My team writes plenty of articles for clients every week, but for years I also have encouraged clients to write their own bylined pieces for print publications – both traditional and online – as one more way to get their name and message out to the masses.
It’s a great addition to any publicity campaign.
So I was slightly disconcerted to learn that one reliable place for such articles to land no longer plans to accept them. The Huffington Post dissolved its self-publishing contributors’ platform, which means budding writers and others with a message to share have one less venue for reaching their potential audiences.
The HuffPost had been publishing such contributions since Arianna Huffington established the online site nearly 13 years ago, so this marks a sea change in the way the publication does business.
At first glance, the move might seem surprising – even perplexing. But perhaps it shouldn’t. Just recently I was participating at an event where Dan Kennedy, author of such books as No B.S. Guide to Brand Building by Direct Response, spoke about how crowded the digital marketplace has become. There’s so much “noise” that sometimes it’s difficult to be heard above all the clatter.
I think that’s what happened with HuffPost. They are just one part of that noise, and as more people became “HuffPost contributors” (the New York Times reported the number as 100,000) the title lost some of its luster.
Now, by ending that forum for unpaid contributors, HuffPost may be trying to declutter its personal corner of that “noisy” digital marketplace.
It’s a bummer, I know! But don’t despair! If one of your goals was to contribute articles to HuffPost – or any other online and print publication, for that matter – let me share a few ideas about how you should approach this moving forward:
- Recognize the need to be innovative. The media landscape changes constantly and rapidly, so there’s no need to get too worked up about modifications and alterations! Just understand that things evolve and you must evolve right along with them. Adapt to changes in the media the way you adapt when other parts of your business change. Be prepared to think creatively to solve any problems (or to seize any opportunities) that emerge as a result. Those who recognize the need to be innovative are the ones most likely to thrive. And get used to media changes, because next year you’ll probably need to adapt all over again!
- Seek out other publications that use contributors. If one publication halts its contributor columns – or simply rejects what you offer – realize there are plenty of other places to try. So you can’t contribute to HuffPost any more? Well, the New York Times, the Wall Street Journal, Inc. magazine, Forbes and many other newspapers and magazines welcome contributor columns. Be sure to do a little research, though, because each publication has its own guidelines, such as word length or whether the article must be exclusive to them. Once you find those guidelines, follow them to the letter!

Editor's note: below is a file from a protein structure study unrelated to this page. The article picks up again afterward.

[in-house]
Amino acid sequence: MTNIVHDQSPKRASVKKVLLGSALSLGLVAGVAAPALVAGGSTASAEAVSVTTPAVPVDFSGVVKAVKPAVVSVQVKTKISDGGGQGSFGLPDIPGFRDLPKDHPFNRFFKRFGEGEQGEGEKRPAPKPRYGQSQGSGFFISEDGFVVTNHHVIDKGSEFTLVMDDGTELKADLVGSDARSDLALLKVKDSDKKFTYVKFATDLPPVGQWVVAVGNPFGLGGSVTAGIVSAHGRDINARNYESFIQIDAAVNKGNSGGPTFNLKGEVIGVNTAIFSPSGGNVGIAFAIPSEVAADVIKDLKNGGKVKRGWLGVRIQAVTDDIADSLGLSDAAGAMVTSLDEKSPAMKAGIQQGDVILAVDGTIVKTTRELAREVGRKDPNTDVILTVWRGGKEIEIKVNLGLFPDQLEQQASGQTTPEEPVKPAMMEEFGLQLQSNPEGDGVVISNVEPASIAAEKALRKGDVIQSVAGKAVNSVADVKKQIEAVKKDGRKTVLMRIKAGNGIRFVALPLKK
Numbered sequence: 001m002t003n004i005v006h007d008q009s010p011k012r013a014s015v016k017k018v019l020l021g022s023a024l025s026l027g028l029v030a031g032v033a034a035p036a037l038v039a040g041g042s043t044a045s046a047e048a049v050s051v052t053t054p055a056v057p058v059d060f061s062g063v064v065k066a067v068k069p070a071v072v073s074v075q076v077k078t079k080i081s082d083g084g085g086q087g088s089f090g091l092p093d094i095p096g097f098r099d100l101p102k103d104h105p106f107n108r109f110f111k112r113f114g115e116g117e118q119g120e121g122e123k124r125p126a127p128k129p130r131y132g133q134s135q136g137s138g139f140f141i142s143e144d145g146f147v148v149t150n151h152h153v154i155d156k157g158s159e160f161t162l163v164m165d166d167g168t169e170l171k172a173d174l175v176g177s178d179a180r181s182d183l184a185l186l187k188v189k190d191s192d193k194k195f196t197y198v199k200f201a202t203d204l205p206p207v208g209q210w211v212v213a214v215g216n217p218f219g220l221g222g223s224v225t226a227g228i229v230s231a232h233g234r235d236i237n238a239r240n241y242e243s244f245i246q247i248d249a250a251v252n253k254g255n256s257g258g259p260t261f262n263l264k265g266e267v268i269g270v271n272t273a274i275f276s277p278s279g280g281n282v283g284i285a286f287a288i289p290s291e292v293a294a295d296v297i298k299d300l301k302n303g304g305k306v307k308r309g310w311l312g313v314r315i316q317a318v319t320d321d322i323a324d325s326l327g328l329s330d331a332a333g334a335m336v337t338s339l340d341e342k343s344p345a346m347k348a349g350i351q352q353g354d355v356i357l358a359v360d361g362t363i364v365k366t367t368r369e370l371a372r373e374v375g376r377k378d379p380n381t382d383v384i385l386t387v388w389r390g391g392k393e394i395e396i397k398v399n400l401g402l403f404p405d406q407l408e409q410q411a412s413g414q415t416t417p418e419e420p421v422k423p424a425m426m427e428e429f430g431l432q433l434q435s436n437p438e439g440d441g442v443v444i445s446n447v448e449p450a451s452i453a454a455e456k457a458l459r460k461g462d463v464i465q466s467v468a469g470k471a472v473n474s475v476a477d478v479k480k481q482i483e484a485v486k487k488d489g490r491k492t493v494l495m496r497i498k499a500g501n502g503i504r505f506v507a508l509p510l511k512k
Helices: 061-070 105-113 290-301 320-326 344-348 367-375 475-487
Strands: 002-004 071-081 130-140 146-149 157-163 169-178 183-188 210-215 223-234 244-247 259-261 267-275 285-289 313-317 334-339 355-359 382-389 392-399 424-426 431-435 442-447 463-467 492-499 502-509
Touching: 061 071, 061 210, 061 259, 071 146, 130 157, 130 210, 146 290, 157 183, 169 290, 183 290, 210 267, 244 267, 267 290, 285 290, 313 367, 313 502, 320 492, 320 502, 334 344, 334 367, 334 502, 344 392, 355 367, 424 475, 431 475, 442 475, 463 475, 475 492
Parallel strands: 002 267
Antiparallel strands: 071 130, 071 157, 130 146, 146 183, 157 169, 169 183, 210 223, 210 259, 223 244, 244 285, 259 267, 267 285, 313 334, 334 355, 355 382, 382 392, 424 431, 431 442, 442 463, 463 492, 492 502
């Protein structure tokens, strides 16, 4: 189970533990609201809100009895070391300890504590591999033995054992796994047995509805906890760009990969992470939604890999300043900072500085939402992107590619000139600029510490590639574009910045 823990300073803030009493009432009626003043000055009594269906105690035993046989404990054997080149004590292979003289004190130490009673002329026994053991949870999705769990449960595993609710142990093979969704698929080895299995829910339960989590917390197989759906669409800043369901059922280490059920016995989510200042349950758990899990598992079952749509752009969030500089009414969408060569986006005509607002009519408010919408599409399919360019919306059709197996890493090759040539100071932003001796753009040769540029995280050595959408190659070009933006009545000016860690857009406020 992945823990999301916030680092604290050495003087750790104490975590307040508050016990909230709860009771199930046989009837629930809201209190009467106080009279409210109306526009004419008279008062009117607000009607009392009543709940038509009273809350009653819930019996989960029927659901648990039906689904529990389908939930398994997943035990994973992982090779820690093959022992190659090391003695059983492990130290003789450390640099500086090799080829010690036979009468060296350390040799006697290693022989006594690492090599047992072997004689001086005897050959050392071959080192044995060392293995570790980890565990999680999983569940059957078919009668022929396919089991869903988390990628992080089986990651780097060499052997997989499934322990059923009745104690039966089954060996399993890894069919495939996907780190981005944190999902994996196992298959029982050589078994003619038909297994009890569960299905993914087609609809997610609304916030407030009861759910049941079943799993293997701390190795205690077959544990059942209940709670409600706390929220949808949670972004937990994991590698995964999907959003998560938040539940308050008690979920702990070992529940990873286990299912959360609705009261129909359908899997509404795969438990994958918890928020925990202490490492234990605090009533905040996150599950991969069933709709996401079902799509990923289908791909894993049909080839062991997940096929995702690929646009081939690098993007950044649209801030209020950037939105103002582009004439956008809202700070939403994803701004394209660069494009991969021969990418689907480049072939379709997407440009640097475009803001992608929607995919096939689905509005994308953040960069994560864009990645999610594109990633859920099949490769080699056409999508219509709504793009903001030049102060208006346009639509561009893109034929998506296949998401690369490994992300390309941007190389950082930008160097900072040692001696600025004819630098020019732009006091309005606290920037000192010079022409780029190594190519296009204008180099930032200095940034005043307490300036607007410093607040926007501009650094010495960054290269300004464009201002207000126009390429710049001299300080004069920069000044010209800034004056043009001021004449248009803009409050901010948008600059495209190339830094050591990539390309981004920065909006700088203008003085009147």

- Be your own publisher. If you write an excellent contributor piece that no one else wants to use, don’t let it languish in your Word-documents folder. Publish it yourself in your blog. If you routinely provide quality content that’s interesting and useful, you can get people to follow you and come to rely on your insight. Also, use your social media to share links whenever you post a new article.
Sure, Dan Kennedy is absolutely right that it’s a noisy media marketplace out there, but it’s still worthwhile to make sure your voice is one of the ones being heard because a published byline gives you more visibility and adds to your credibility.
So pen those articles, submit them to publications, or find someone who knows how to place them for you. You have a message worth sharing, so share it as widely as possible!
On the write track!
P.S. If you’d like professional help getting coverage in the press, and being interviewed on radio and TV, give us a call. We’ve been providing this service to clients for 27 years. We also offer a comprehensive social media marketing program for select clients, where we do it all for you. If you’re interested in our help, please call us at 727-443-7115 Ext. 231. We’d love to hear from you!